To be a “qualifying child,” a person must meet five tests: relationship, age, residency, support, and joint return. A “qualifying relative” must meet four tests: not qualifying child, household member or relationship, gross income, and support. Table 1 explains these tests.

For more information, see IRS Publication 501 at

Table 1: Federal IRS Tests for Determining “Qualifying Child” and “Qualifying Relative” Status

Qualifying Child Tests

Qualifying Relative Tests

1. The child must be the taxpayer's son, daughter, stepchild, foster child, adopted child, brother, sister, half brother, half sister, stepbrother, stepsister, or a descendant of any of them.

2. The child must be (a) under age 19 at the end of the year, (b) under age 24 at the end of the year and a full-time student, or (c) any age if permanently and totally disabled.

3. The child must have lived with the taxpayer for more than half of the year (some exceptions apply).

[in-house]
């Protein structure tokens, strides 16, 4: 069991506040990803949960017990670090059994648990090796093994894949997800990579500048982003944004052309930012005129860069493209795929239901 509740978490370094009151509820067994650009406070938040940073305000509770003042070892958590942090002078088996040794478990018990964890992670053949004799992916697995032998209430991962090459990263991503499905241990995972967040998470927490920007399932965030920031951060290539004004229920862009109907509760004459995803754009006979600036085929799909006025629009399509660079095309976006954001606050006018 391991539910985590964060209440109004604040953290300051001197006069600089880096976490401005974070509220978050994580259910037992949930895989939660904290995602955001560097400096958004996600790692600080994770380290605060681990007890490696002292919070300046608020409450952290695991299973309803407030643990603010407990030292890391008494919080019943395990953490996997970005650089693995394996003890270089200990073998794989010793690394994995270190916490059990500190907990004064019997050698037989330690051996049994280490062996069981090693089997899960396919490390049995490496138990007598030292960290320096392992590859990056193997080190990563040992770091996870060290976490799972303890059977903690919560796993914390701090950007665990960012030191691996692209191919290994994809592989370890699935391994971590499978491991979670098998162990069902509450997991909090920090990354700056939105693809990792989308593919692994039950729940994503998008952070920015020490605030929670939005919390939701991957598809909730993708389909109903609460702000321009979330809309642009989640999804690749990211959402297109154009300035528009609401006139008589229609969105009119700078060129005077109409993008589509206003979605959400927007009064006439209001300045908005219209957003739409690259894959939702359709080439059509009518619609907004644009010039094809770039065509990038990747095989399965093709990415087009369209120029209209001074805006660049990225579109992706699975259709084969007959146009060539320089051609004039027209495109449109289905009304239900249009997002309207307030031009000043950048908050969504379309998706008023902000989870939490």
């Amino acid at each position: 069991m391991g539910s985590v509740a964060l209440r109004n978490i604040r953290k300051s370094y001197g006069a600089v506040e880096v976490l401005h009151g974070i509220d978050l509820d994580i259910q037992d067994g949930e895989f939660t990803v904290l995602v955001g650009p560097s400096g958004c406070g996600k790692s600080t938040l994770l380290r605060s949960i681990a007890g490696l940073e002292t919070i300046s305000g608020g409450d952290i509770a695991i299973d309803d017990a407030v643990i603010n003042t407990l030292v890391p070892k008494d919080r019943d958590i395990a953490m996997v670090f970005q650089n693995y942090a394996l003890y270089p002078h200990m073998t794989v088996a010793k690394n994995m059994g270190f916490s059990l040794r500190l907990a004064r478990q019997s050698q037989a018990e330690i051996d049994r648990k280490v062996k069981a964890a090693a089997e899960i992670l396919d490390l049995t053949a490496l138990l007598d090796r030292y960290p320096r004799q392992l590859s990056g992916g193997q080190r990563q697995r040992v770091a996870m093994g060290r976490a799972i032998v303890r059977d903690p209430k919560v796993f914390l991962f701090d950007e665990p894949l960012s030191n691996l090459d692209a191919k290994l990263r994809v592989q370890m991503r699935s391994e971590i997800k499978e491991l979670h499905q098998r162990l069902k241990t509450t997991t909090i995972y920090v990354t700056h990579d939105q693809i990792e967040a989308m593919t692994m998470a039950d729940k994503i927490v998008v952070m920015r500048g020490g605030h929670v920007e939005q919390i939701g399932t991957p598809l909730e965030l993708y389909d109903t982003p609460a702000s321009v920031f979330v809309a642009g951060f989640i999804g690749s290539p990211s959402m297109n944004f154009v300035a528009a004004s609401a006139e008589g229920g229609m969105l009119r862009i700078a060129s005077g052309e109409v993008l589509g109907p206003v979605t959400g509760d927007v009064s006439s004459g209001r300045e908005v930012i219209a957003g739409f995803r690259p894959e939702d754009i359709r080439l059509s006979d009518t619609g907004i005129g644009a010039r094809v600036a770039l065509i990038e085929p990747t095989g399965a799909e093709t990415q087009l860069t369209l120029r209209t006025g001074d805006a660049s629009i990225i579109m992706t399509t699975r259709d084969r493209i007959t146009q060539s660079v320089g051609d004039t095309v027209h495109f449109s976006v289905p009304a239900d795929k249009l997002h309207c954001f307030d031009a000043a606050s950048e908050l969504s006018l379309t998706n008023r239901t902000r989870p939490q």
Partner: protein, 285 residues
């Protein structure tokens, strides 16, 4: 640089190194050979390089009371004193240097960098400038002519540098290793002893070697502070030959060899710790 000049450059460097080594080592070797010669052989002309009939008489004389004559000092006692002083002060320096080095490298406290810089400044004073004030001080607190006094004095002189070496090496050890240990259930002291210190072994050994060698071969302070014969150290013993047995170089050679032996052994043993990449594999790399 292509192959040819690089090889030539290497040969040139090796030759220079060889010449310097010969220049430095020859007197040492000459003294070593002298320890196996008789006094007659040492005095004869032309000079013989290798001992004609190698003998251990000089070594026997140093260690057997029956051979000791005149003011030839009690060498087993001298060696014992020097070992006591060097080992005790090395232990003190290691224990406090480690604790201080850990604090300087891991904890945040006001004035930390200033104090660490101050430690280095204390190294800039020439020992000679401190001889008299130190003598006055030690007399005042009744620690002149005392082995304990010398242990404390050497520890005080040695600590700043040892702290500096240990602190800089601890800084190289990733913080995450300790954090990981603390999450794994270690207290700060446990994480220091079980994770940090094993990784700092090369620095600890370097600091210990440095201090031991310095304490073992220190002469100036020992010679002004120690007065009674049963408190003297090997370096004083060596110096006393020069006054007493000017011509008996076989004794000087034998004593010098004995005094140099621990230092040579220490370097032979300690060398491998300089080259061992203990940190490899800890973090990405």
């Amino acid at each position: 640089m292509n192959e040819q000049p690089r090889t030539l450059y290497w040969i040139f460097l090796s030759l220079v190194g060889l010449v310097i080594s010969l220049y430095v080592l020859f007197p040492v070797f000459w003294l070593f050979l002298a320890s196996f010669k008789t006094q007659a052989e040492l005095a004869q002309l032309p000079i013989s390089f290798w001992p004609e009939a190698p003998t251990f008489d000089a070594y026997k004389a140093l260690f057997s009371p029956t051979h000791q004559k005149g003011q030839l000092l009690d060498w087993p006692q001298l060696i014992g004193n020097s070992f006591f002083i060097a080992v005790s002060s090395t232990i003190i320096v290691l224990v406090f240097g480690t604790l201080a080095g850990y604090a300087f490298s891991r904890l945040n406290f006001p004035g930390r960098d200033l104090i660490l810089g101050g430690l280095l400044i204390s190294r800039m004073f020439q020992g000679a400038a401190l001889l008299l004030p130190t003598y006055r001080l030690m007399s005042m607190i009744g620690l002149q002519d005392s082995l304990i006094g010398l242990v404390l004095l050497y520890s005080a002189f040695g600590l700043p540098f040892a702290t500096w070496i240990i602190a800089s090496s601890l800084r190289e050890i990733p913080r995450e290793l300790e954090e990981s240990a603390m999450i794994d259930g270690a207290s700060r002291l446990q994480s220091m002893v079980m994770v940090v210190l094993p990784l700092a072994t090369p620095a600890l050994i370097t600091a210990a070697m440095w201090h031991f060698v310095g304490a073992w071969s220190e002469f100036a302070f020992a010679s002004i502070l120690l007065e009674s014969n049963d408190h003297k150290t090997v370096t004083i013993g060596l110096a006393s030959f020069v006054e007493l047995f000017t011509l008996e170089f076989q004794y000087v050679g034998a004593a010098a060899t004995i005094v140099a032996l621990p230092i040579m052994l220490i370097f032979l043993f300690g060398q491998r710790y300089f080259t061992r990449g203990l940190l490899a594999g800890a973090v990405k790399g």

4. The child must not have provided more than half of his or her own support for the year.

5. If the child meets the rules to be a qualifying child of more than one person, the taxpayer must be the person entitled to claim the child as a qualifying child.

1. The person cannot be any taxpayer's qualifying child.

2. The person (a) must be related to the taxpayer in one of the ways listed below under “relatives who do not have to live with you,” or (b) must live with the taxpayer all year as a household member (and the relationship must not violate local law).

3. The person's gross income for the year must be less than $3,400.

4. The taxpayer must provide more than half of the person's total support for the year.